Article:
How should schools deal with claims of over-age students?

10 Nov 2018, 5:00

With media headlines alleging that a “30-year-old” had been spotted in a year 11 class, we asked a lawyer to explain how the age of asylum seekers is determined, and how schools should handle such claims

Recent headlines have alleged that there was an adult seeking to attend school, claiming to be a child. How does the law deal with these issues?

The UK is a signatory to the 1951 Refugee Convention. This means that people may make a claim for asylum which, if granted, gives them refugee status. Where a child makes a claim for asylum they have additional rights, including accommodation and associated support from local authorities as a child in need.

Sometimes the first time a child comes in contact with the authorities, is when they are discovered by the police. They can be referred to the Home Office, which has to make a preliminary decision on whether or not they are a child. But what happens if there is a dispute over this?

Social workers must undertake an assessment to determine the age of the young person – who is entitled to have an appropriate adult present during the process. They will assess factors such as appearance, demeanour, medical factors, any documentation, family history and an account of their journey to the UK. They will hear evidence from people who know the young person, which may include voluntary sector organisations or a foster carer.

The reality, though, is that if there are no documents, trying to assess age is very difficult. Appearance is unreliable. Moreover, the young person may have had a traumatic experience that has made them mistrustful of authorities. Just because a young person may have inconsistencies in their account of how they came to the UK, it does not follow that they are being dishonest about their age. Young people who have made their way to the UK may well be more mature because they have had to adapt to life in very difficult circumstances.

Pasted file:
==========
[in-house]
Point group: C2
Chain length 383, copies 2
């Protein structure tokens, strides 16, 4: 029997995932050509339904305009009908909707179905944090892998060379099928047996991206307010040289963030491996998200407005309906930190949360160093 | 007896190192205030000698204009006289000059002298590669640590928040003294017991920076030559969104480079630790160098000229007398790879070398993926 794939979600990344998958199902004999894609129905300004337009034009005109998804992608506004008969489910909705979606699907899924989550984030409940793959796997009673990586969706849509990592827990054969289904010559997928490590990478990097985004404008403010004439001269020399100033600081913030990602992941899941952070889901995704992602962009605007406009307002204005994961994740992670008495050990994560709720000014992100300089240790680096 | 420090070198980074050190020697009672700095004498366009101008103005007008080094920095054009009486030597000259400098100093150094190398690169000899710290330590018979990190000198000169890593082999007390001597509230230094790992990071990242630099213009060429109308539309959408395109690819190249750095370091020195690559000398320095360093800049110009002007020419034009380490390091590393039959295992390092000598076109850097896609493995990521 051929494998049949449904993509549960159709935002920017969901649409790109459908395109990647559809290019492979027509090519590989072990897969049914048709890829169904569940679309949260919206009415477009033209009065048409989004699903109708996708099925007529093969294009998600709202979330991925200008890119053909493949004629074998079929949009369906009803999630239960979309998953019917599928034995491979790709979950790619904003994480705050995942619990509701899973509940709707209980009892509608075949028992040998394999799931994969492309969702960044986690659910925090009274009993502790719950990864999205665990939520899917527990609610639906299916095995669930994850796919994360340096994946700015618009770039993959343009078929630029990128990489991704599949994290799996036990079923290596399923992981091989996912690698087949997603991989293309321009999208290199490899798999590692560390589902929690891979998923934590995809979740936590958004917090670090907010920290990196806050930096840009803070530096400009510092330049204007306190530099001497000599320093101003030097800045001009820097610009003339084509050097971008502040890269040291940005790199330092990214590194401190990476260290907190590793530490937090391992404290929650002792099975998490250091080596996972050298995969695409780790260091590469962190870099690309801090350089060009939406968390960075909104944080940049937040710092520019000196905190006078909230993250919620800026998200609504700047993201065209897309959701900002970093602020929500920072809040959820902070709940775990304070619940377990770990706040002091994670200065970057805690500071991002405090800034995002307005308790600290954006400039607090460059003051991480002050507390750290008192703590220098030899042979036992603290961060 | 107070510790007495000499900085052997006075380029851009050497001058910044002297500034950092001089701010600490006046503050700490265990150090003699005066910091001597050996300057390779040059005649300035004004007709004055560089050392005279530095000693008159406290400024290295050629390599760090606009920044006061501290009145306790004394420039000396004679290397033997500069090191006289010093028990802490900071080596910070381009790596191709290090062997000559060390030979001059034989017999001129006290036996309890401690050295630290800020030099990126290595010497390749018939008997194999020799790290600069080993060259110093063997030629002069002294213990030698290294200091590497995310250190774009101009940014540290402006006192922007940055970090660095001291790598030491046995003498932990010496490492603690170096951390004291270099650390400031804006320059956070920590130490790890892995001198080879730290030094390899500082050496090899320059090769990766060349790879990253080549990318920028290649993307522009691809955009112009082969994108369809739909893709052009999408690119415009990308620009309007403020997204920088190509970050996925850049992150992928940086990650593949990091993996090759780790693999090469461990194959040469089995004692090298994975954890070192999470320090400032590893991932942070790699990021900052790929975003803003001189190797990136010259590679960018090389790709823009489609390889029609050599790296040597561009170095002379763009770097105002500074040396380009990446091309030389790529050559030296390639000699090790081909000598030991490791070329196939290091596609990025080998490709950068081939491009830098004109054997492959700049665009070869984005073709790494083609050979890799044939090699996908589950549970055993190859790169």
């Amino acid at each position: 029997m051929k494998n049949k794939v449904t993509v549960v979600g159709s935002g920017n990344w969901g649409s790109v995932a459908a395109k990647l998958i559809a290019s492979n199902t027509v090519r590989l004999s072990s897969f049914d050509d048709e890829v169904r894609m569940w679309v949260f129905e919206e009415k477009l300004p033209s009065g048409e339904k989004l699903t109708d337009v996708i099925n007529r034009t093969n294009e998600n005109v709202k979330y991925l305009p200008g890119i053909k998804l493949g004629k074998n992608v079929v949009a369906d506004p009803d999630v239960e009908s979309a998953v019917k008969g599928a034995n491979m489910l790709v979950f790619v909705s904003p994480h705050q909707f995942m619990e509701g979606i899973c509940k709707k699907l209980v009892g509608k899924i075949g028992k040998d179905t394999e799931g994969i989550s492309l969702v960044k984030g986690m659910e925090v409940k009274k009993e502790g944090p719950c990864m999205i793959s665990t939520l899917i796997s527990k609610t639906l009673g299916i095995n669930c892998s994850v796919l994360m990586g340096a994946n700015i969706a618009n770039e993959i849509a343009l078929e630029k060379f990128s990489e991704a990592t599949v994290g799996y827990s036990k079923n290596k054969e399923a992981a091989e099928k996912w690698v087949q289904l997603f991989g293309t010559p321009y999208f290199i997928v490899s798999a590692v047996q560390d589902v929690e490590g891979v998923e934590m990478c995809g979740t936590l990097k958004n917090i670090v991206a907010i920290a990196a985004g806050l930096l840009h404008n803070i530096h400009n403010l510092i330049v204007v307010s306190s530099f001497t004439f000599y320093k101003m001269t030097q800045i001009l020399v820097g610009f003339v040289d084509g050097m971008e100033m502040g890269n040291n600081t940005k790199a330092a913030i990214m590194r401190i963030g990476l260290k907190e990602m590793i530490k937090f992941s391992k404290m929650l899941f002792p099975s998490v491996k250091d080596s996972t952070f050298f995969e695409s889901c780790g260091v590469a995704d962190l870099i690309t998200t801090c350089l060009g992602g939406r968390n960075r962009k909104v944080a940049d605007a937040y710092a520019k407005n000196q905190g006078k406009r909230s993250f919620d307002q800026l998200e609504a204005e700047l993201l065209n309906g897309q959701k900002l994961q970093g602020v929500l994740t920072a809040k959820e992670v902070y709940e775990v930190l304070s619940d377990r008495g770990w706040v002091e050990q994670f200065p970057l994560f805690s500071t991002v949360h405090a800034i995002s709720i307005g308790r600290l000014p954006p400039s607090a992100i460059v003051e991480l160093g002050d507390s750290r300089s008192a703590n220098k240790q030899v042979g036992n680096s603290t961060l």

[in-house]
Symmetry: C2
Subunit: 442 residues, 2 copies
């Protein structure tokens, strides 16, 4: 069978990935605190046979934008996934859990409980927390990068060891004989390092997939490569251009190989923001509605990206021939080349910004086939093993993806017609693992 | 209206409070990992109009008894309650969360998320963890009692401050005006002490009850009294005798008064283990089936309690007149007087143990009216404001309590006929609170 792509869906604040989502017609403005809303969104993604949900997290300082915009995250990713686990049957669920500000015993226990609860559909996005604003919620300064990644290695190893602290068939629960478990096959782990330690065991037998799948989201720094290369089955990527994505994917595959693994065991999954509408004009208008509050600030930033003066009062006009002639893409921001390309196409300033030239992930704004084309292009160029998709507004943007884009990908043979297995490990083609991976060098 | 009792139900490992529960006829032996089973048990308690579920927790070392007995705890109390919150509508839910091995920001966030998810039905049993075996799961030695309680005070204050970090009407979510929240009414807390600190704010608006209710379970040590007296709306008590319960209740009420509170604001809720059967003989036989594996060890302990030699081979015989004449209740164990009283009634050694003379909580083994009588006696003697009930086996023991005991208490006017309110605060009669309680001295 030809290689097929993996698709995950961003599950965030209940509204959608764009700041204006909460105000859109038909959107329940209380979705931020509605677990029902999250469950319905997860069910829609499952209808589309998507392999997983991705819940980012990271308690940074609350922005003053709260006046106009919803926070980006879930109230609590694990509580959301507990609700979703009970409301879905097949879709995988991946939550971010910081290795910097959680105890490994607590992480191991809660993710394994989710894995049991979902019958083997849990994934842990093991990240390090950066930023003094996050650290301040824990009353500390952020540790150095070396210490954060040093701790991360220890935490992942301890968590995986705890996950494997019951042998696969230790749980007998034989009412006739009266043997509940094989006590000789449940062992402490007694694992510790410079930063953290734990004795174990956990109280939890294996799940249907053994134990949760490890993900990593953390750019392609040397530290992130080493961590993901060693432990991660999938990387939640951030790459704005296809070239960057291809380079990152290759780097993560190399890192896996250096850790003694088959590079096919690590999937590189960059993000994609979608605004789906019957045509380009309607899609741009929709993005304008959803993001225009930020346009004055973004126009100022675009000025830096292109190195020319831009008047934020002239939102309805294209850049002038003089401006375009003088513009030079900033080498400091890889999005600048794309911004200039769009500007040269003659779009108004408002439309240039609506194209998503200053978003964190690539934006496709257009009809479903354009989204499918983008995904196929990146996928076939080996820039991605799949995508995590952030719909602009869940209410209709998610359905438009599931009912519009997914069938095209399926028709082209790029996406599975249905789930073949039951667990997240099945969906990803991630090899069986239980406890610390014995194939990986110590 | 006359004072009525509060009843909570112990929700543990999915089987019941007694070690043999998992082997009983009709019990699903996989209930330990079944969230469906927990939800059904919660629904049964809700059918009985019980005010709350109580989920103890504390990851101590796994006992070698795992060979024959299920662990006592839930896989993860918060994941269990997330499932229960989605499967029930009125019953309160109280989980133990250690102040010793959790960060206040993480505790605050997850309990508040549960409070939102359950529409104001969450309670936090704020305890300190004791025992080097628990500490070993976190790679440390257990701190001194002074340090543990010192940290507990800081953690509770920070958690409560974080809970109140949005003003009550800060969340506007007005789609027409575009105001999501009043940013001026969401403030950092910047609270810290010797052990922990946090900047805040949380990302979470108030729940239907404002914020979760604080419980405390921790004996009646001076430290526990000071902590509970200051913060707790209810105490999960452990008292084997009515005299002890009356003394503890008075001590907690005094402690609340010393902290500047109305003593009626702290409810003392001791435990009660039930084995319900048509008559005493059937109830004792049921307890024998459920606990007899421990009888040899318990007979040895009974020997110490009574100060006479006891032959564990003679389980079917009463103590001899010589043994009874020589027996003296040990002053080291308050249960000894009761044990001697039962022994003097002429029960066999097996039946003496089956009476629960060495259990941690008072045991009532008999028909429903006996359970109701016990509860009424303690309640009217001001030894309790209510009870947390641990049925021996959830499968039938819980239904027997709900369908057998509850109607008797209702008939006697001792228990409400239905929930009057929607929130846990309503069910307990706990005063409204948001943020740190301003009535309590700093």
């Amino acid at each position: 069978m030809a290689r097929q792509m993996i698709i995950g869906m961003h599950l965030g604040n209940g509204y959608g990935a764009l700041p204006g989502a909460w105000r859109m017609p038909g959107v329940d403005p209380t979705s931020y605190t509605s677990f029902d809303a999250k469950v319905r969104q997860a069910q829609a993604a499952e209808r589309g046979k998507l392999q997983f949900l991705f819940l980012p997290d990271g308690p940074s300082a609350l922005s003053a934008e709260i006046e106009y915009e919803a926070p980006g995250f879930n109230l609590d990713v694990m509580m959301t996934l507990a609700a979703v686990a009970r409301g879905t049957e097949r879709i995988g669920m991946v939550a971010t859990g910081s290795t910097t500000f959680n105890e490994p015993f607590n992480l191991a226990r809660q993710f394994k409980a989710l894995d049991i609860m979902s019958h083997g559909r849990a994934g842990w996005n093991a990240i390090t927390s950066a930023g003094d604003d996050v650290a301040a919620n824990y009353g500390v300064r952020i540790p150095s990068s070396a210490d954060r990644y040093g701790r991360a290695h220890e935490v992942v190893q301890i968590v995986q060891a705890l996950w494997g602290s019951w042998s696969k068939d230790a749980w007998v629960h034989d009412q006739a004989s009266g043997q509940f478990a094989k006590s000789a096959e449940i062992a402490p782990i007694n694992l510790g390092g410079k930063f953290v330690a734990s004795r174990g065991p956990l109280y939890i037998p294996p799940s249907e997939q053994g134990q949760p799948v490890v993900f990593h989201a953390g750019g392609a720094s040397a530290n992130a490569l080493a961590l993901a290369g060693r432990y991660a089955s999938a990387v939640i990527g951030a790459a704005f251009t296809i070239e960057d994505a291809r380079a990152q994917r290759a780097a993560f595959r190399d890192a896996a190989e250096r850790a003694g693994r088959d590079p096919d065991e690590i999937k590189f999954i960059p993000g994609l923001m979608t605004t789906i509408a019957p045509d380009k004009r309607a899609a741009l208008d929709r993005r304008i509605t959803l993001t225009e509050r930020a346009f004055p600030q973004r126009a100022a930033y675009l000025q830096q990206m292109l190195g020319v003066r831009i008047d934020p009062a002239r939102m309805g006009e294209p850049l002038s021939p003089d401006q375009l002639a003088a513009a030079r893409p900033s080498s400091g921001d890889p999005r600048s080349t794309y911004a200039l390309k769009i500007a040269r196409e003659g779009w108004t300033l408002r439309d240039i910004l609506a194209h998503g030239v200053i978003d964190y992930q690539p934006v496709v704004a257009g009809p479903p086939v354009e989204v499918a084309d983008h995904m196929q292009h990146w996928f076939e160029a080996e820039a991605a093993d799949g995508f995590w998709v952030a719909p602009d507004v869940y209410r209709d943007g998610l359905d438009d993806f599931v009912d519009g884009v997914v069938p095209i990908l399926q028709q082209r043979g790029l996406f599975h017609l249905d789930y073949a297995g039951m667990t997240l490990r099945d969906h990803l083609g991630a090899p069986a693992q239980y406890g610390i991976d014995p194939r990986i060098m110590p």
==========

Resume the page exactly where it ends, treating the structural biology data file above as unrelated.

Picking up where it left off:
Trying to weigh up all these factors is a difficult process but ultimately the local authority has to reach a conclusion. Legally there is no burden of proof and the young person should be given the benefit of the doubt.

A judge ultimately has to make the decision

If a young person does not agree with the age assessment, they can apply for judicial review to the High Court. This is where a judge is asked to decide whether or not a public authority (in this case the local authority) has acted lawfully. This means they have to have the legal power to make the decision and they must have been reasonable (have sufficient reasons for their decision), rational (have regard to relevant considerations only) and act in a procedurally fair way (in age assessment, this means the young person should have the opportunity to comment on any adverse conclusions).

In traditional judicial reviews if the court considers that a public authority has acted unlawfully then it will often quash the decision, which means that the public authority will need to remake a decision. The point is that the court is usually concerned about how the decision is made, rather than the decision itself. In age assessment cases, however, the Supreme Court decided that the court would have to decide the age of the child. This means that a judge ultimately has to make the decision.

Once the actual age of a child has been determined by a court then public authorities (including schools) would be obliged to accept that child’s age as determined. There is specific Department for Education and Home Office guidance on assisting children who are unaccompanied asylum seekers.

Given the legal and policy framework for unaccompanied asylum seekers, hopefully concerns around adults being present in schools should be rare. Where the age of a young person has not been legally determined then schools should seek legal advice. Concerns should be addressed in the first instance to the local authority. However, great care must be taken to ensure that a young person is treated in a fair and sensitive way. Unfortunately the negative publicity generated by headlines can have a tendency to focus on the potential risks rather than consider the legal and policy framework overall.

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